Raising children near their extended family members is not an easy task. Many families are spread across the country or even in different countries. Other families may be close in proximity, yet have work schedules and children’s extracurricular activities which may limit extended family time.

One of the most important relationships a child can have is with a grandparent. Children generally benefit when parents foster positive relationships with their grandparents.

Studies show as many as nine out of 10 adults feel their grandparents influenced their core beliefs and values. Children understand more of who they are and where they come from through their connection with their grandparents. Grandparents also offer a link to a child’s cultural and family history.

A study at the University of Oxford by professor Ann Buchanan from the social policy and intervention department showed a high level of grandparent involvement increases a child’s well-being.

Buchanan’s study of more than 1,500 children also showed children with a high level of grandparent involvement had fewer emotional and behavioral problems. These children were also better able to cope with traumatic life events, such as school bullying or divorce.

Current trends reveal grandparents are more likely to help raise grandchildren. An estimated 3 million grandparents are currently raising their grandchildren. Although a grandparent may play a significant role in a child’s life, the generous and thoughtful act of raising a grandchild does not guarantee recognizable legal rights involving the child.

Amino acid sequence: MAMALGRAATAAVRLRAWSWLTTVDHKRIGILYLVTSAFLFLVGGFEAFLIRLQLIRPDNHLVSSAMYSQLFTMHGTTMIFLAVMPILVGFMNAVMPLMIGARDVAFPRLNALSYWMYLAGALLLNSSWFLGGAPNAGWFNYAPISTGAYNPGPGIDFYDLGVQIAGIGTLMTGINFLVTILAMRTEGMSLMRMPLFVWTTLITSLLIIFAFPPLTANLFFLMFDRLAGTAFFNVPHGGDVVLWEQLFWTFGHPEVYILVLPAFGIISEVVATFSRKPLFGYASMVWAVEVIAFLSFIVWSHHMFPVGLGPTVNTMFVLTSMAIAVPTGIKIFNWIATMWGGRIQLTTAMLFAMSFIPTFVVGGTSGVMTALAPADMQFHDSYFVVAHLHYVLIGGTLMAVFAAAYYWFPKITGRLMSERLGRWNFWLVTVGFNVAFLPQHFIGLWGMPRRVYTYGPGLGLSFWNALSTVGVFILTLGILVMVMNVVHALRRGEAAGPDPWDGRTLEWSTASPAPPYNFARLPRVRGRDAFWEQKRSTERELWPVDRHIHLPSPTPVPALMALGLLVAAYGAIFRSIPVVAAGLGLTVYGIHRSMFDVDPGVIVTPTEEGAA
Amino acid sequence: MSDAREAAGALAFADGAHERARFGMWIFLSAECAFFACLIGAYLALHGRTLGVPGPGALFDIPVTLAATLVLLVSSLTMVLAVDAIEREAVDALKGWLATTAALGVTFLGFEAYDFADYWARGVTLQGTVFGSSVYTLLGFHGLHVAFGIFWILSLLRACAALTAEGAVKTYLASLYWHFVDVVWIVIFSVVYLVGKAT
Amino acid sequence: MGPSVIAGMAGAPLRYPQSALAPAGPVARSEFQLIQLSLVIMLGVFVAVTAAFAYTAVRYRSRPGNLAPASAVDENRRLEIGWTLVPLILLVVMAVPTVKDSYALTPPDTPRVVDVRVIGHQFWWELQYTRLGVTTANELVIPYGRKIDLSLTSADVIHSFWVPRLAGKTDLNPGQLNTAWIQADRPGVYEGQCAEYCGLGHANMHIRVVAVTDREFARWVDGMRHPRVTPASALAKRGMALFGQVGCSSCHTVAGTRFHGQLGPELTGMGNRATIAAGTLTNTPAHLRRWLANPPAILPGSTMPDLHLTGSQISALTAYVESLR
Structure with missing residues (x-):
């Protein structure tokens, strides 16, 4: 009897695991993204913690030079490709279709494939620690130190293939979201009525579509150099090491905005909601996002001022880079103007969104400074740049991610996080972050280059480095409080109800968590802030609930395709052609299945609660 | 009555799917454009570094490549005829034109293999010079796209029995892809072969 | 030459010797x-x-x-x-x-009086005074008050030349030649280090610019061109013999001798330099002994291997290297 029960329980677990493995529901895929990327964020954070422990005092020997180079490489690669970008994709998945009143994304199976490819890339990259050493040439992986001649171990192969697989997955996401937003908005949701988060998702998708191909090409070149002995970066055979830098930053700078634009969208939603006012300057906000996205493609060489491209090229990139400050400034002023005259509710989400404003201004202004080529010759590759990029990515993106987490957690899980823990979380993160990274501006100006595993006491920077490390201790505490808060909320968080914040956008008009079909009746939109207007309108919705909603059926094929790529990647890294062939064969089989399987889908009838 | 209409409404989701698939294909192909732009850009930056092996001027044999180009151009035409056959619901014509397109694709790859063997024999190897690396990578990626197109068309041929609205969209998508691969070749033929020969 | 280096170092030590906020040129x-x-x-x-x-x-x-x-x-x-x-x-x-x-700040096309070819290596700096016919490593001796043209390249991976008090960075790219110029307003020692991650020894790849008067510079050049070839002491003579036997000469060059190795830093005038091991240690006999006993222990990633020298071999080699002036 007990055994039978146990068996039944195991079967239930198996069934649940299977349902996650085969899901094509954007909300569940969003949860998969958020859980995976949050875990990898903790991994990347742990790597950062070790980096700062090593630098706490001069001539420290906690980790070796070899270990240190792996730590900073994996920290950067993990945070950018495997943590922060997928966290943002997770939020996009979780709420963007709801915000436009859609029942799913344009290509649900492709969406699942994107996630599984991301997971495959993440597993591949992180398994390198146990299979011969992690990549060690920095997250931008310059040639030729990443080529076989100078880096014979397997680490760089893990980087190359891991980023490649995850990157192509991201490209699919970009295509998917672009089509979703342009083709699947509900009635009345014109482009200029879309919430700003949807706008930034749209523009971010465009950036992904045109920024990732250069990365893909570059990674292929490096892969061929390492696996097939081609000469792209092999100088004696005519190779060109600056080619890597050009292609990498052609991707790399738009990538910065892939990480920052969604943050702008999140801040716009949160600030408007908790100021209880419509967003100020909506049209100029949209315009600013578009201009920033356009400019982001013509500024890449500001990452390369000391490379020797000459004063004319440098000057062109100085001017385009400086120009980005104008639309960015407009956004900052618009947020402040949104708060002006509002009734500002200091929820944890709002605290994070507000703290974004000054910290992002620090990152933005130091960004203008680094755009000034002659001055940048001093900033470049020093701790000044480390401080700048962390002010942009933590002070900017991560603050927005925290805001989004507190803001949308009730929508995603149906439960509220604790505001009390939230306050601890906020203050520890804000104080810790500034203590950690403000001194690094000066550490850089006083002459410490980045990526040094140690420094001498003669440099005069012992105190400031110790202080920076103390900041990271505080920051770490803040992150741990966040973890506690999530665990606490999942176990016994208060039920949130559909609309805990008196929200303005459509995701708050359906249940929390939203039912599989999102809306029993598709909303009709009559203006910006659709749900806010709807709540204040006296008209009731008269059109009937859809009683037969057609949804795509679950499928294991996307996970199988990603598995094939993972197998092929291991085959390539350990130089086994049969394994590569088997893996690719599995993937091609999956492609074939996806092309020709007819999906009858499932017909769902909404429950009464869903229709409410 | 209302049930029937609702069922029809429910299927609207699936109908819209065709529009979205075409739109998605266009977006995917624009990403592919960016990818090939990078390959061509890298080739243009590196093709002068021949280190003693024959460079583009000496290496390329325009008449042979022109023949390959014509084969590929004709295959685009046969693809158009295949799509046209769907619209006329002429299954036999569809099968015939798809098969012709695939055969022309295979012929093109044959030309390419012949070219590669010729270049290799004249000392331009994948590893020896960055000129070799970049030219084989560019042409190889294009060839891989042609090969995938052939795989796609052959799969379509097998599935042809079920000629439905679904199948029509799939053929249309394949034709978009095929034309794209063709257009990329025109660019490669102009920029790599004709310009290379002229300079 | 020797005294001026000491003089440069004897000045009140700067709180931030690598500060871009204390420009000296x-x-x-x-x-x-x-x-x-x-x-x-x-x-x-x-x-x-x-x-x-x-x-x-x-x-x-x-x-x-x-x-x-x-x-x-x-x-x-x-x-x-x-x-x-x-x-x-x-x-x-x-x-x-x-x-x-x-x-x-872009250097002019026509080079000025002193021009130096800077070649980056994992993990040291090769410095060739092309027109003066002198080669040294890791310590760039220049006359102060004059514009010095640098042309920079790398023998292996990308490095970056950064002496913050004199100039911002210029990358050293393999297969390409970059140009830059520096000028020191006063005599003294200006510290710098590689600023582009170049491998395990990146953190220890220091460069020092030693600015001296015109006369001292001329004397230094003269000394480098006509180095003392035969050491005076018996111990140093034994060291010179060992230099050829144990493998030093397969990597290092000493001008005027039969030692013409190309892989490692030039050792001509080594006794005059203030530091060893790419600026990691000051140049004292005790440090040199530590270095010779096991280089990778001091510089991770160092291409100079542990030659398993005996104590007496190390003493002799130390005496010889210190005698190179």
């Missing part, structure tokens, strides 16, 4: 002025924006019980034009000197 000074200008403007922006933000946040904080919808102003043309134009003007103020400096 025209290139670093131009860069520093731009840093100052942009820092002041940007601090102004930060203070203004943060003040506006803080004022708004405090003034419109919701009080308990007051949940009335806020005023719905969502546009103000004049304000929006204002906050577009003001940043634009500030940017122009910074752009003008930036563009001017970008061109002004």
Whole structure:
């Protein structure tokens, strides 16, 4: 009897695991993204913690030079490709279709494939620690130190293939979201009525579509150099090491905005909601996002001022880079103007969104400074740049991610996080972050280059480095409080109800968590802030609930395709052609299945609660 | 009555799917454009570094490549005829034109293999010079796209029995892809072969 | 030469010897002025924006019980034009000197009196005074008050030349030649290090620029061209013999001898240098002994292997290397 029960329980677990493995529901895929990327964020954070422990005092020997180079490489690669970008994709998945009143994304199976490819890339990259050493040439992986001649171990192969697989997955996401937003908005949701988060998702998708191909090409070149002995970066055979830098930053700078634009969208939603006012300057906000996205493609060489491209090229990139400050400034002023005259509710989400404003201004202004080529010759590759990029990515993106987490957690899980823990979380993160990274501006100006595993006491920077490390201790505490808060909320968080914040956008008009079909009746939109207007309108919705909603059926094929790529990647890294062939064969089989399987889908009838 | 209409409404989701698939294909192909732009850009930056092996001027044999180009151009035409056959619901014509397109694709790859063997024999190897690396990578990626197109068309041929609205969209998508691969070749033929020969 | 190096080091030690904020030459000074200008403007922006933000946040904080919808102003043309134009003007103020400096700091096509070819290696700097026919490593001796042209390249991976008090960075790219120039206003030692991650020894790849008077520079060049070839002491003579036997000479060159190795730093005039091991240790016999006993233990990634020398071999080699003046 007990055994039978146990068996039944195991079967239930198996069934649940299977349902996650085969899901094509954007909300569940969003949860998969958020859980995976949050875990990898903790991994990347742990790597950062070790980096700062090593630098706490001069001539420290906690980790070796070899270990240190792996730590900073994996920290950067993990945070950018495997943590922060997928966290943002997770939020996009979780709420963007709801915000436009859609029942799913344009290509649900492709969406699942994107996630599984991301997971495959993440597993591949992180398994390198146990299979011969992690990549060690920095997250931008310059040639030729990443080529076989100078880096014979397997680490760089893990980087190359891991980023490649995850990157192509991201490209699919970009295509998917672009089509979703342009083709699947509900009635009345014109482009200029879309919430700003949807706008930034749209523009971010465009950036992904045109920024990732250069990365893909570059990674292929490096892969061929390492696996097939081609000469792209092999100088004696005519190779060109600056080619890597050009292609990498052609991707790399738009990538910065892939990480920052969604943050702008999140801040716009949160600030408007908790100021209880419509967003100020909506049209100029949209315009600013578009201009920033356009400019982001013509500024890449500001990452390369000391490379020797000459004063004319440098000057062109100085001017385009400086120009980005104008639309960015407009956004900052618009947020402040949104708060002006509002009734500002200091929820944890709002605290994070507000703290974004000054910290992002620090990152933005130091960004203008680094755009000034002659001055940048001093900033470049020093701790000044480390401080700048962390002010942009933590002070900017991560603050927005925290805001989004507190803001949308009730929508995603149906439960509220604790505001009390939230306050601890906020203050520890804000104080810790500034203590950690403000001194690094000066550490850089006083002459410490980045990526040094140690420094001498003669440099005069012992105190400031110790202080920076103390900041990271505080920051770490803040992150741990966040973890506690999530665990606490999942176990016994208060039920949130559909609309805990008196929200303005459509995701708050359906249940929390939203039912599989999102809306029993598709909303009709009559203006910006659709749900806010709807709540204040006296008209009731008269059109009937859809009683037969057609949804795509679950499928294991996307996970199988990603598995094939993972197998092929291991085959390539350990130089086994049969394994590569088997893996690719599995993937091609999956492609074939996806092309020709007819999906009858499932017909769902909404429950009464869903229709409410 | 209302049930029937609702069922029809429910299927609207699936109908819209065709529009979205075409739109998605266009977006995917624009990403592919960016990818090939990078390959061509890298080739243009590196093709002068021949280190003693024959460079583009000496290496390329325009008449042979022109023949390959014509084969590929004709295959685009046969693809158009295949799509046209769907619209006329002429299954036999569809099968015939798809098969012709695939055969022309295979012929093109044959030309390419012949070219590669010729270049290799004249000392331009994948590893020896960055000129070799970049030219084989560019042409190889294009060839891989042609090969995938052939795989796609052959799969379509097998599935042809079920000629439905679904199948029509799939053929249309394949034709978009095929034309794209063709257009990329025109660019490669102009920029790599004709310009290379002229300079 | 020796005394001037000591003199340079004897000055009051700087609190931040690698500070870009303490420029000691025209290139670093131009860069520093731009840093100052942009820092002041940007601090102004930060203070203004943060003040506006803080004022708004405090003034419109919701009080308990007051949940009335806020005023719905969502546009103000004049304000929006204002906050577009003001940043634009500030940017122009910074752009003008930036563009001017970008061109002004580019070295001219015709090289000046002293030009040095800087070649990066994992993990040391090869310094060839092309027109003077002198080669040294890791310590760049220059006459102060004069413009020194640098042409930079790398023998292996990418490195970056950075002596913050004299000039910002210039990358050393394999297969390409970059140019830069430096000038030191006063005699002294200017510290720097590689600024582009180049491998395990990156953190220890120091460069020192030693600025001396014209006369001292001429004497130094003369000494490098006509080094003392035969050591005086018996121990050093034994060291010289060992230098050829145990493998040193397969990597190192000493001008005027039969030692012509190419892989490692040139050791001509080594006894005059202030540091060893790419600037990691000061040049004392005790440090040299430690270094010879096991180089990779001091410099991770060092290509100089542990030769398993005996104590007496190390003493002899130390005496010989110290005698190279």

This article focuses on the grandparent’s rights afforded through the Illinois Marriage and Dissolution of Marriage Act, even though rights could be afforded via the child protection or probate statutes.

Section 602.9 of the marriage act states a grandparent may bring an action by their own petition, or by filing a petition in a pending proceeding, involving parental responsibilities of a child.

If a grandparent wishes to have a visitation schedule with his or her grandchild, the grandparent must meet the following:

First, there is a rebuttable presumption a fit parent’s actions and decisions regarding grandparent visitation are not harmful to the child’s mental, physical or emotional health. The burden is on the grandparent to prove the parent’s actions and decisions regarding visitation will cause undue harm to the child’s mental, physical or emotional health.

Some families may experience conflict, which results in a parent’s emotional response to alienate the child from his or her grandparents. A child’s psychological and emotional development is rapidly developing during stages of adolescence.

If a grandparent raised his or her grandchild and the child has a strong, emotionally and mentally positive relationship with the grandparent, the loss of the grandparent’s physical presence and support may negatively affect a child’s mental and emotional health.

Second, a grandparent may only bring his or her petition for visitation and electronic communication if the grandchild is at least a year old and there has been an unreasonable denial of visitation by a parent. Further, the denial has caused the child undue mental, physical or emotional harm.

Finally, the grandparent must show at least one of the following conditions: